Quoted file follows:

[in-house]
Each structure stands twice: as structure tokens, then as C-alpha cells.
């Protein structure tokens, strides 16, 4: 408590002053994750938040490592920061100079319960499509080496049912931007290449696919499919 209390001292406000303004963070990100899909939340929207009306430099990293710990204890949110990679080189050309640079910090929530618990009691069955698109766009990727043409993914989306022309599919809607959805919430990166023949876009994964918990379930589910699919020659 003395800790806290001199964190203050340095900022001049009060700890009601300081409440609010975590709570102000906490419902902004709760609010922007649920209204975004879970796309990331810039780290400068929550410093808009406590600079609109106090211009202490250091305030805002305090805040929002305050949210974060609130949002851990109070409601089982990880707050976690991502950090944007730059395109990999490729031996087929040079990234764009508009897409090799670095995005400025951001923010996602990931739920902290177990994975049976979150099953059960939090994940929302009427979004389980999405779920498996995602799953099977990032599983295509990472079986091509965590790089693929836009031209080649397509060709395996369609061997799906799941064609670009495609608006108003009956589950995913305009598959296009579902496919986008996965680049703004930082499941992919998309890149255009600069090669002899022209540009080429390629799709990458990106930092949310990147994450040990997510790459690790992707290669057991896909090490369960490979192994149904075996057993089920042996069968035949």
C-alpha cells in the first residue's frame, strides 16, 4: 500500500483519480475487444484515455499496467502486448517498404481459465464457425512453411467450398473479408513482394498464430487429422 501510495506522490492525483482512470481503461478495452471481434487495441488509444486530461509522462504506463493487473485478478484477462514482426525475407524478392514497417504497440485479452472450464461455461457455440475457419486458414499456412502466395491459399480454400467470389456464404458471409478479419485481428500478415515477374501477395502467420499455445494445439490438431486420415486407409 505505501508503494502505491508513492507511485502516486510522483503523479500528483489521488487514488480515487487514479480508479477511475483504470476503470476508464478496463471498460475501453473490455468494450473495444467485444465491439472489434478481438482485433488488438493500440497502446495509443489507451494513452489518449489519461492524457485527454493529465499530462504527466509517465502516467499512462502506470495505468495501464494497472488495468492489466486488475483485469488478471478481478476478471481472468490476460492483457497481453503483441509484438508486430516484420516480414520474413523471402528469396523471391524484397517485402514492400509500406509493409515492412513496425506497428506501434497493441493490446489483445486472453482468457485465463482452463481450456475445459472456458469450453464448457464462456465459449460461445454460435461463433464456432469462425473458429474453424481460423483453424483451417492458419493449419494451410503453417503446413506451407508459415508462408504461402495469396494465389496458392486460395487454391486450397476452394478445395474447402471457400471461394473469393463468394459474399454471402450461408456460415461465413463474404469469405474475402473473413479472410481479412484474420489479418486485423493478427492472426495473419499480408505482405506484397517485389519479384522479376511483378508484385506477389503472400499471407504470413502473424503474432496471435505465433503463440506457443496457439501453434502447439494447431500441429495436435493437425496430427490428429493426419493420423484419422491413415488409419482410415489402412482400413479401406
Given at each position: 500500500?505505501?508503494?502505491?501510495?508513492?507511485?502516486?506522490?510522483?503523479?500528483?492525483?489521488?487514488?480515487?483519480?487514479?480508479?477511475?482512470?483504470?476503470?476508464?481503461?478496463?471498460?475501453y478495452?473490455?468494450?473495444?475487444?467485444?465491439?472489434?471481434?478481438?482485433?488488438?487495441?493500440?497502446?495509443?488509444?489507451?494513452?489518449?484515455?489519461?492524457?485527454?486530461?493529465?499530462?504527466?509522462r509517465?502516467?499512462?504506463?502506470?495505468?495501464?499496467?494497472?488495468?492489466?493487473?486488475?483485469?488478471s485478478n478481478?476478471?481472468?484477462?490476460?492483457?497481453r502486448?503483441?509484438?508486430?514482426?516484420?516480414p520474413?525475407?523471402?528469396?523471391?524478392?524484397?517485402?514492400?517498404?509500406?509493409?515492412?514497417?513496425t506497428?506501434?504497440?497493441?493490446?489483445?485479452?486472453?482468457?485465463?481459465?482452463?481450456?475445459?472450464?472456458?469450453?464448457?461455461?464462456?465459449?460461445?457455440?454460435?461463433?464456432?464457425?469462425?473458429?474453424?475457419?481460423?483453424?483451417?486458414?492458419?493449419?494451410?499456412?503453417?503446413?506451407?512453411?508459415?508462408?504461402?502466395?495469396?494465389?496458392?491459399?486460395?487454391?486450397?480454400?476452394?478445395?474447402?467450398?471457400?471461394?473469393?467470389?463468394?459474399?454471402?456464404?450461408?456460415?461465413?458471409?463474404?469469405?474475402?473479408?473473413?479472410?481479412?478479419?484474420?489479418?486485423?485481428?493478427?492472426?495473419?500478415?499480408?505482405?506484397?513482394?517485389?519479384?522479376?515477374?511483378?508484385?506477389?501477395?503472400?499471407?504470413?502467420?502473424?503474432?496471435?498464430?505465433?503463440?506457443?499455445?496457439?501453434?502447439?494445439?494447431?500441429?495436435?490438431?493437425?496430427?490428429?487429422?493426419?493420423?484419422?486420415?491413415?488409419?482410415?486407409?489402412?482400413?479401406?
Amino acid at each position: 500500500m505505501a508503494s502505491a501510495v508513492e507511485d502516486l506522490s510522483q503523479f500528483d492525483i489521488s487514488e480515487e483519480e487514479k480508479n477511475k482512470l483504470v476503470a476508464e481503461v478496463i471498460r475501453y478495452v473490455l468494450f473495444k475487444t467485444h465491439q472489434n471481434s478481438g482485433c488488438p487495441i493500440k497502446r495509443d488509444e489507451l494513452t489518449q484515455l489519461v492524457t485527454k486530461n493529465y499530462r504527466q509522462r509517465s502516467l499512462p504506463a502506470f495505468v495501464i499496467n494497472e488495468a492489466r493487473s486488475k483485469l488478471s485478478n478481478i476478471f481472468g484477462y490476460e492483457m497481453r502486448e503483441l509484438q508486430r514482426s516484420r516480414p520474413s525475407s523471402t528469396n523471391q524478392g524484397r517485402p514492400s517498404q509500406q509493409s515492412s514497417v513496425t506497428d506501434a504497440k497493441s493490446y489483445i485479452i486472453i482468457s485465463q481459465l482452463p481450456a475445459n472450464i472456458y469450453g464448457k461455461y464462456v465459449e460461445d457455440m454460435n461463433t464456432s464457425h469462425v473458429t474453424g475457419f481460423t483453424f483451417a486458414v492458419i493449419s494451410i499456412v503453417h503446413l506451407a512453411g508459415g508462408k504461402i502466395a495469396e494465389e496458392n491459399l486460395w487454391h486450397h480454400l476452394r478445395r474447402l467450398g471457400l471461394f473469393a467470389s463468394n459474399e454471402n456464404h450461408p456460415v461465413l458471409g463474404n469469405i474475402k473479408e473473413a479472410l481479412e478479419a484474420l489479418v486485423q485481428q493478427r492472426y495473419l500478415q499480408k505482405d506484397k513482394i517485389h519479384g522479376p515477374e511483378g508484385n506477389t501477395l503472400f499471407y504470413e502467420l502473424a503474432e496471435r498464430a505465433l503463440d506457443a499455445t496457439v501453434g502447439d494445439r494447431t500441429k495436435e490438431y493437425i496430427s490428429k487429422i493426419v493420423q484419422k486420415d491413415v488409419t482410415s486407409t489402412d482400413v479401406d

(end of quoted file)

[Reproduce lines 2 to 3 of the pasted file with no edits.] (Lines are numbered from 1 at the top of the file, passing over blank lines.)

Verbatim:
Each structure stands twice: as structure tokens, then as C-alpha cells.
């Protein structure tokens, strides 16, 4: 408590002053994750938040490592920061100079319960499509080496049912931007290449696919499919 209390001292406000303004963070990100899909939340929207009306430099990293710990204890949110990679080189050309640079910090929530618990009691069955698109766009990727043409993914989306022309599919809607959805919430990166023949876009994964918990379930589910699919020659 003395800790806290001199964190203050340095900022001049009060700890009601300081409440609010975590709570102000906490419902902004709760609010922007649920209204975004879970796309990331810039780290400068929550410093808009406590600079609109106090211009202490250091305030805002305090805040929002305050949210974060609130949002851990109070409601089982990880707050976690991502950090944007730059395109990999490729031996087929040079990234764009508009897409090799670095995005400025951001923010996602990931739920902290177990994975049976979150099953059960939090994940929302009427979004389980999405779920498996995602799953099977990032599983295509990472079986091509965590790089693929836009031209080649397509060709395996369609061997799906799941064609670009495609608006108003009956589950995913305009598959296009579902496919986008996965680049703004930082499941992919998309890149255009600069090669002899022209540009080429390629799709990458990106930092949310990147994450040990997510790459690790992707290669057991896909090490369960490979192994149904075996057993089920042996069968035949």